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Disneyland Paris 5 Years Later

There was a time I went to Disneyland Paris a lot. This was back when I was going to Disney World a lot. We’d be doing Disney World twice a year and then averaging two Disneyland Paris, sometimes up to four, trips dotted throughout the year. Hell, I think one year we did Disney World three times.

We were essentially a Disney Vlogging couple before it was possible, so the videos remained private. We went so many times to Disneyland Paris I started to hate the place.

The last time I went was five years ago when it was the 20th anniversary. It was a different back then as I was still married, so it was strange to go back five years later for the 25th anniversary.

The Channel Video

The associated video from the Fandom Life Channel

Why Did I Hate Disneyland Paris

I know hate is a strong word, but it’s the correct one. The thought of going to Disneyland Paris had become something I really didn’t want to do. The magic that originally surrounded the experience had turned into something rotten through familiarity breeding contempt.

Anyone who knows my approach to Disney can see how this was inevitable.

Disneyland Paris is largely a Magic Kingdom experience and last time I went to Disney World I probably spent around eight hours in the Magic Kingdom across the whole 14-day trip and those were spread across three days.

The 25th Anniversary Trip

I had no interest in going to Disneyland Paris. Then the 25th anniversary stuff kicked off and everyone was enjoying their trips so much some of that rubbed off. It didn’t even take the vlogs, which I’ve still not watched (spoilers), just the tweets.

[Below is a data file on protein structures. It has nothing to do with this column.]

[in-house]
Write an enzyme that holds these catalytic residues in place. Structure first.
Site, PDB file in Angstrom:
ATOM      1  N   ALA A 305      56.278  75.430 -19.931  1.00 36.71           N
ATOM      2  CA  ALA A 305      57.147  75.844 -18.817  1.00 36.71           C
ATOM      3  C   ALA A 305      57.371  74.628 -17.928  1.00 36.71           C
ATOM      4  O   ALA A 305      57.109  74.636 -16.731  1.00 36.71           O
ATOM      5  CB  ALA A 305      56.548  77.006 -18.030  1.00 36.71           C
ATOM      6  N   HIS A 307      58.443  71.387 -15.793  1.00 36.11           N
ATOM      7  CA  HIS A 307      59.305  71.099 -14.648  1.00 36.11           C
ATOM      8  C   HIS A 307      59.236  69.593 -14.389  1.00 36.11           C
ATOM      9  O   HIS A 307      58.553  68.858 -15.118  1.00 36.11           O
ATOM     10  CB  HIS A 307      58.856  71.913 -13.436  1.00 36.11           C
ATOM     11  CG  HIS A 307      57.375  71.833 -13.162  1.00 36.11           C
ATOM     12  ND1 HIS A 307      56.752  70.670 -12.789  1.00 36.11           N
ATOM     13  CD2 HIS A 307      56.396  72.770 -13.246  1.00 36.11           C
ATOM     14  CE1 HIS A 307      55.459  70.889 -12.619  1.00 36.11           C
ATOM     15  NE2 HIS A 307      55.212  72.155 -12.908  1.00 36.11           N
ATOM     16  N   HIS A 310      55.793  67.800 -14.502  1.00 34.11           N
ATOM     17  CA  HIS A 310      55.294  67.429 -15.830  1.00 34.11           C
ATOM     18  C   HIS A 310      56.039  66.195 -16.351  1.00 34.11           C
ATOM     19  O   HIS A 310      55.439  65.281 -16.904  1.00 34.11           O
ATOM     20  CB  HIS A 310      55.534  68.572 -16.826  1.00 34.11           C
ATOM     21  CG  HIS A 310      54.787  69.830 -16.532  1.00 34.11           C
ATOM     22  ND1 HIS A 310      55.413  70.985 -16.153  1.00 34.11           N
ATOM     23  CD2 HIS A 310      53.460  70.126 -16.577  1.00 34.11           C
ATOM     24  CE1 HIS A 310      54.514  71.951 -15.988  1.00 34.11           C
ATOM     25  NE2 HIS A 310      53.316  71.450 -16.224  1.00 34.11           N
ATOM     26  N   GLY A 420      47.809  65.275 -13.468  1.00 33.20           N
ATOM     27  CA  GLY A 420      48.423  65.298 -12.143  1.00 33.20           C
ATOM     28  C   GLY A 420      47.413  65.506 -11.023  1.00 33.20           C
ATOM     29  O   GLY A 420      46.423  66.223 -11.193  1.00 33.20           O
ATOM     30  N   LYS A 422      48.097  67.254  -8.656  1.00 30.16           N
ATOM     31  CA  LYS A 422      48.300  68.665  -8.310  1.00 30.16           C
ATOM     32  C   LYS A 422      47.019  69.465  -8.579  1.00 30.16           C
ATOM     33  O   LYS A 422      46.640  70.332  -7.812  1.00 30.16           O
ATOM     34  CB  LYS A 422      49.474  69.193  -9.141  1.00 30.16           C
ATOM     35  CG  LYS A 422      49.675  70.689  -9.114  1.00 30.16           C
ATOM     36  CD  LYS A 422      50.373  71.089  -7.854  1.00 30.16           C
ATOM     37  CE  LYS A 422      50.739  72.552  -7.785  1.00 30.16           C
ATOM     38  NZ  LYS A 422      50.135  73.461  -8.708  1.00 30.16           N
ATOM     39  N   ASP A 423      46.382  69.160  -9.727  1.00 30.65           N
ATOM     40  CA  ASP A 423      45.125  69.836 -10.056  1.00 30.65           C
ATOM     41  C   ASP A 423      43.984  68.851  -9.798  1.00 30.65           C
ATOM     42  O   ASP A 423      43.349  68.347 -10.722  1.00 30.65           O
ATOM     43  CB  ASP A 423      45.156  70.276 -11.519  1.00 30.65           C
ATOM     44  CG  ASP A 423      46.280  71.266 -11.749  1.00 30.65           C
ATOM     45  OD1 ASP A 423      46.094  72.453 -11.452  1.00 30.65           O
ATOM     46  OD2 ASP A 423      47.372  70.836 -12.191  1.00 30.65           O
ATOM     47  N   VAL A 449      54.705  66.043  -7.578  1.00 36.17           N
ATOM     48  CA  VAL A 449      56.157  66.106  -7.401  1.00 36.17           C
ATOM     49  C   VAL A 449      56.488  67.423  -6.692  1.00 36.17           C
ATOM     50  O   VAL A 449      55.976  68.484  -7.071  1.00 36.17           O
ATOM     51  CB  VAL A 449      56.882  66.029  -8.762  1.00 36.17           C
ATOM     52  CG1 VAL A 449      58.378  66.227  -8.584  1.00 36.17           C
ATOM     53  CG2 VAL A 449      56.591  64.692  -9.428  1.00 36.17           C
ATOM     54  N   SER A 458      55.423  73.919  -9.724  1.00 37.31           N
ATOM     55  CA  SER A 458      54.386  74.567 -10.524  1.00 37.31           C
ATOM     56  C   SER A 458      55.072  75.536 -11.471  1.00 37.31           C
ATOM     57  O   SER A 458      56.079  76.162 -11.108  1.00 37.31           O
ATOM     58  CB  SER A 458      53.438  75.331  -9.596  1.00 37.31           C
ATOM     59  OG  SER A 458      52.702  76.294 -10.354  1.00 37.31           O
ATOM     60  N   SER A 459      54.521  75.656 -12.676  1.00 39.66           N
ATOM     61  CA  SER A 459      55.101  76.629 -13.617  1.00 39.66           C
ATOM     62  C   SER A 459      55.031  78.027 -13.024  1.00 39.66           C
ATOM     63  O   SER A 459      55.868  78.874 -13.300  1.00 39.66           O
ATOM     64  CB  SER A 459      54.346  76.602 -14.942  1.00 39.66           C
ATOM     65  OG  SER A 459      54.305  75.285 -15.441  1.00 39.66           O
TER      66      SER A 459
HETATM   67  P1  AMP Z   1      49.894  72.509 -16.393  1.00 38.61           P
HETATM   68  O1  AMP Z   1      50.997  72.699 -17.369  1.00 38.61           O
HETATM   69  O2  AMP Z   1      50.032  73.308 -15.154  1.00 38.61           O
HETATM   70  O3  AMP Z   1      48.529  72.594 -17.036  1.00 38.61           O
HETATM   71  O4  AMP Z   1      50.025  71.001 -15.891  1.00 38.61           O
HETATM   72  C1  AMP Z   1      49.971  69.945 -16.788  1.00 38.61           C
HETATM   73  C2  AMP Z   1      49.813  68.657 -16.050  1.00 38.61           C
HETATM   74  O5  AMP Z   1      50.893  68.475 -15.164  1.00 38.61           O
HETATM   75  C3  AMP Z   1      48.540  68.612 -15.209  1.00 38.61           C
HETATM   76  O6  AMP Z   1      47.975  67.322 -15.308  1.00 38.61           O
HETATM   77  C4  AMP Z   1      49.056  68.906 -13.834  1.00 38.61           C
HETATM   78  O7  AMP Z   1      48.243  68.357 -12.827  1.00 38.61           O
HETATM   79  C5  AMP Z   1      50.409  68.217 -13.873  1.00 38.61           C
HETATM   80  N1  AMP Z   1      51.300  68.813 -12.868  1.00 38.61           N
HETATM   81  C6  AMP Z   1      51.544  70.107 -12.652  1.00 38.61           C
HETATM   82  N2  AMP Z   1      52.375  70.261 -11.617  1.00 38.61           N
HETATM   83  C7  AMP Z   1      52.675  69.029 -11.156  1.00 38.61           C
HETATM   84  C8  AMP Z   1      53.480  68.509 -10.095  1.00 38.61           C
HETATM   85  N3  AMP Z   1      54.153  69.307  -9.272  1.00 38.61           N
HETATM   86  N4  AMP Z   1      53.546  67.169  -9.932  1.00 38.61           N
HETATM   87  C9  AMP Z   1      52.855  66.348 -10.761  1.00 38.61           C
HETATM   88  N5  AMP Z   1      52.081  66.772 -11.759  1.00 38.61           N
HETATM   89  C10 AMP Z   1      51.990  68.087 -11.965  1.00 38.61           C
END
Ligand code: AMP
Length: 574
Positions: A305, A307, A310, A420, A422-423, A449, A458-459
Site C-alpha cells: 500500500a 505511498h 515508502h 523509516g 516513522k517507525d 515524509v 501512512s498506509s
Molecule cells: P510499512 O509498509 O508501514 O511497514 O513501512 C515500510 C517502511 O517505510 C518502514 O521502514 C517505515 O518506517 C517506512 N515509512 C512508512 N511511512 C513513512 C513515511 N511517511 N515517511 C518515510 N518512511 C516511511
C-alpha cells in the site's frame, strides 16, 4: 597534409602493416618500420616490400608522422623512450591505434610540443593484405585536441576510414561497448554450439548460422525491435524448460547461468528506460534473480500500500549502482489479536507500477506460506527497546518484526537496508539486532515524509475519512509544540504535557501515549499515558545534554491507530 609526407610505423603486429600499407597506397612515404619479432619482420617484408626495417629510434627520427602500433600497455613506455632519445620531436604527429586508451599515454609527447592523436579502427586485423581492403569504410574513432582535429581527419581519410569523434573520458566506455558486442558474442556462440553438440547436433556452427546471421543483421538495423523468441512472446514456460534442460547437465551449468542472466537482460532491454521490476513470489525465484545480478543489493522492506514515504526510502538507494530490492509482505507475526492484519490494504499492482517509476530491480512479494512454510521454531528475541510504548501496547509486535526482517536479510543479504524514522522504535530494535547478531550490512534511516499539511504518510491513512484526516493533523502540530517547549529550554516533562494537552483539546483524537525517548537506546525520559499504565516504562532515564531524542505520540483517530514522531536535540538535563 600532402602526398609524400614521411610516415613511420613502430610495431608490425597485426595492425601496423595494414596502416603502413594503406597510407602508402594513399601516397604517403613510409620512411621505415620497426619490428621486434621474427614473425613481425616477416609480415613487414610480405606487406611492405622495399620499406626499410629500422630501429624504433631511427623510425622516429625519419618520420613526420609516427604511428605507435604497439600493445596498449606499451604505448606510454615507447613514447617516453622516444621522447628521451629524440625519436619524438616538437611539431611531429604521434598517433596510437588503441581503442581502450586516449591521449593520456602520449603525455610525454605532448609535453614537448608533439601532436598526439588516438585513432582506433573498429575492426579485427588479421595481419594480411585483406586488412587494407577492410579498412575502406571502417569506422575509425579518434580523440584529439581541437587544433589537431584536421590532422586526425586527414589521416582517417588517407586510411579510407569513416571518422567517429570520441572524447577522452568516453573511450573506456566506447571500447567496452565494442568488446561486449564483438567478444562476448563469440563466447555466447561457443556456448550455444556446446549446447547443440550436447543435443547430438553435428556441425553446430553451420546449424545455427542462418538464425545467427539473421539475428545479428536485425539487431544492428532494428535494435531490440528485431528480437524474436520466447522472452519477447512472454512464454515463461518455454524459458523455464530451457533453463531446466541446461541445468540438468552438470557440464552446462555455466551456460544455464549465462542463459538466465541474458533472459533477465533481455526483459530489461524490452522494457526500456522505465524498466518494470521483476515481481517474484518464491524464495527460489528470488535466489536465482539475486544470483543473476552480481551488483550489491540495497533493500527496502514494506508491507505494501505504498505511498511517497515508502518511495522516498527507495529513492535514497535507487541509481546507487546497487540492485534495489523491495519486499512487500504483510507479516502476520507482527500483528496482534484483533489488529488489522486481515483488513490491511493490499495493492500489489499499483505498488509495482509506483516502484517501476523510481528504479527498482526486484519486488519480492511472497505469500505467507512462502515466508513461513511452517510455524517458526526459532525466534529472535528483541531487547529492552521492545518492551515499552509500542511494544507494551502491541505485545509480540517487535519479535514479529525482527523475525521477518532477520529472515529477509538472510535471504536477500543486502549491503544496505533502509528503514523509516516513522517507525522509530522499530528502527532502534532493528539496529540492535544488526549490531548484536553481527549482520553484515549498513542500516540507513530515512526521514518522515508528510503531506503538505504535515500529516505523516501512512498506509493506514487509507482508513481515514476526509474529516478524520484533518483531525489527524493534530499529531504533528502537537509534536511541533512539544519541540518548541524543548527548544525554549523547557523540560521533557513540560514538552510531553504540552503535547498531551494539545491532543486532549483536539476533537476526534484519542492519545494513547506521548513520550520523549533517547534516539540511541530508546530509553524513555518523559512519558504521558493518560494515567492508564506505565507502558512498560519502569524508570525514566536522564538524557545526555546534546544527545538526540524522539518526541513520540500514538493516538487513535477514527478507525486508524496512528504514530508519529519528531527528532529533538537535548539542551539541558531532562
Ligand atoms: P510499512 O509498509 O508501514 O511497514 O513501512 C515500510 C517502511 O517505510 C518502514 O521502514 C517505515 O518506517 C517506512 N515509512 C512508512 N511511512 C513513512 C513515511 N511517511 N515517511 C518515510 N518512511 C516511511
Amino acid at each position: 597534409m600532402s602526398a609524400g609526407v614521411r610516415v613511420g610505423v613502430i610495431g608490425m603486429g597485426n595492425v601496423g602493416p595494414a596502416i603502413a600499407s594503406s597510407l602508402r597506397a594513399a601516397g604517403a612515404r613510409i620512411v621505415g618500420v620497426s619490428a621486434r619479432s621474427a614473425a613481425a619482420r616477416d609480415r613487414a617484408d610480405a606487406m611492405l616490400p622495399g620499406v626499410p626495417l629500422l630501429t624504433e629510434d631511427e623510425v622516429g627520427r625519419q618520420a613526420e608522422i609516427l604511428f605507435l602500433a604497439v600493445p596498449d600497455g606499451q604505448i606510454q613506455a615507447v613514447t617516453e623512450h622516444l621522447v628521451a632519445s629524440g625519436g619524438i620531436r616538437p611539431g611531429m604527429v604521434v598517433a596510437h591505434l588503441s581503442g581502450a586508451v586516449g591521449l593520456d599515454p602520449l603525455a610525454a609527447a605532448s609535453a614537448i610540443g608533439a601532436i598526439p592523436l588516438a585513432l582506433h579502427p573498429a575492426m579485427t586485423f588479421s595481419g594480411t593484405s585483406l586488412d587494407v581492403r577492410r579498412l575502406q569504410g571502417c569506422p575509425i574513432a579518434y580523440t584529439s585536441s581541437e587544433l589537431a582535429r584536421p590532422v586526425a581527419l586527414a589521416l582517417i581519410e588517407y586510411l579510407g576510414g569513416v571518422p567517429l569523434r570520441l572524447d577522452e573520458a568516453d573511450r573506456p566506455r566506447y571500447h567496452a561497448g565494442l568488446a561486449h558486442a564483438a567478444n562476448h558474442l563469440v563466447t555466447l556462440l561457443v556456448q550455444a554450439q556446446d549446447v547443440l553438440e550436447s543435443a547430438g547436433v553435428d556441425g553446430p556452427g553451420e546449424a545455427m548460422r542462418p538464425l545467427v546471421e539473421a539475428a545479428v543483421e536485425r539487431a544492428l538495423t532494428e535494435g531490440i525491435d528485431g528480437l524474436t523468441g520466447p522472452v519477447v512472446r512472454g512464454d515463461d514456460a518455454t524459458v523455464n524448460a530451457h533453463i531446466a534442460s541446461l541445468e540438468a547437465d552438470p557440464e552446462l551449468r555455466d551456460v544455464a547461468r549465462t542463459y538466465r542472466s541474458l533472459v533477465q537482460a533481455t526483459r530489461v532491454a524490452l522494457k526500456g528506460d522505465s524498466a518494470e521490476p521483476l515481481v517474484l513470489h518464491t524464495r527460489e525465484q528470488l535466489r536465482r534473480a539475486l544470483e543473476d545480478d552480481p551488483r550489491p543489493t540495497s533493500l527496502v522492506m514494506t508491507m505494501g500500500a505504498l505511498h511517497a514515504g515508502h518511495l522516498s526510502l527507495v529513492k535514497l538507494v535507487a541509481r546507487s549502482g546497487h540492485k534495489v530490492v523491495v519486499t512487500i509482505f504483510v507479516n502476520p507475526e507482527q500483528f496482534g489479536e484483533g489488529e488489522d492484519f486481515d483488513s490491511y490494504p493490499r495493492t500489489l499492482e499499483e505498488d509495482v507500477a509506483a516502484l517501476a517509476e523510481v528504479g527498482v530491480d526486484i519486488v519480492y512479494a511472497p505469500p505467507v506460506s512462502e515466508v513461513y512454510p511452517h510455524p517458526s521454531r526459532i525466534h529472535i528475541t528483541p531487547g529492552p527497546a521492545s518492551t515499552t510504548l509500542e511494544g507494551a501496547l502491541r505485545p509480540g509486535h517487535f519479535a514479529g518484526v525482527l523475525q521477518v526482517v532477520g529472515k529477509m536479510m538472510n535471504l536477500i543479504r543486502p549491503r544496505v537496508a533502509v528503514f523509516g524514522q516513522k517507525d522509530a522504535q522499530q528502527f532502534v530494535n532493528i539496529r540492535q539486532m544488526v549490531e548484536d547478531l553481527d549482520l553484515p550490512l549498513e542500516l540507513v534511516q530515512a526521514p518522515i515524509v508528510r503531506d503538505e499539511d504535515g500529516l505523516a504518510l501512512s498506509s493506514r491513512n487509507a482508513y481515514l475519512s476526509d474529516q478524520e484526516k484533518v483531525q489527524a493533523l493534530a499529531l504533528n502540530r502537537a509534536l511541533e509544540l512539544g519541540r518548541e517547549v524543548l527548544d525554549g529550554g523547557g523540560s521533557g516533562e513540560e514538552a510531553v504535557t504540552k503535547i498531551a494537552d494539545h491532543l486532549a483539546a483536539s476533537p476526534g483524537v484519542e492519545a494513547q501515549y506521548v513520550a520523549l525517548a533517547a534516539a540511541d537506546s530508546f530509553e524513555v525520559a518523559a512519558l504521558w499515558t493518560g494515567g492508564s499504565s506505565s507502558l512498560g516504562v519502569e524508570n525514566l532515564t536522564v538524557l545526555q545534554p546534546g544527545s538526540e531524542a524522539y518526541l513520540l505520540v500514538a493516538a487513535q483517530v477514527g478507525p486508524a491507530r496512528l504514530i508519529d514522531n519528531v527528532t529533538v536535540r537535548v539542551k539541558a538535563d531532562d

I still wasn’t going to go as the degree to which I’d grown to hate Disneyland Paris was really hanging over my head. I certainly didn’t see it as an experience I was remotely interested in doing solo.

Discussions started. Talk of a group trip was sort of mentioned. My nephew wanted to go and one thing lead to another and we had a trip booked. One of those things was a special Star Wars event taking place on only two evenings.

I clinched it. Sorted.

The Disneyland Paris Fantastic

There are a number of things that were brilliant about Disneyland Paris this trip. Rides and moments that totally made the trip. What’s interesting about some of these moments is a core of them are are linked to how Disneyland Paris has trodden its own path rather than zeroxed what is in the US.

Discoveryland At Night Is Awesome

The Discoveryland (essentially Tomorrowland) section of Disneyland Paris is amazing at night. It is so amazing the parts of Discoveryland that aren’t utilising the 19th century Jules Verne theme stand out and just look a bit…ordinary. It is a pity that the whole of Discoveryland isn’t focused around the 19th century ‘future vision’ exhibition.

While I must have done this before, this trip we did a walk around Discoveryland at night filming and taking photos and it was one of the most magical experiences I’ve had in a Disney theme park.

Space Mountain at night with the Nautilus in the lake was amazing.

The Castle Is Beautiful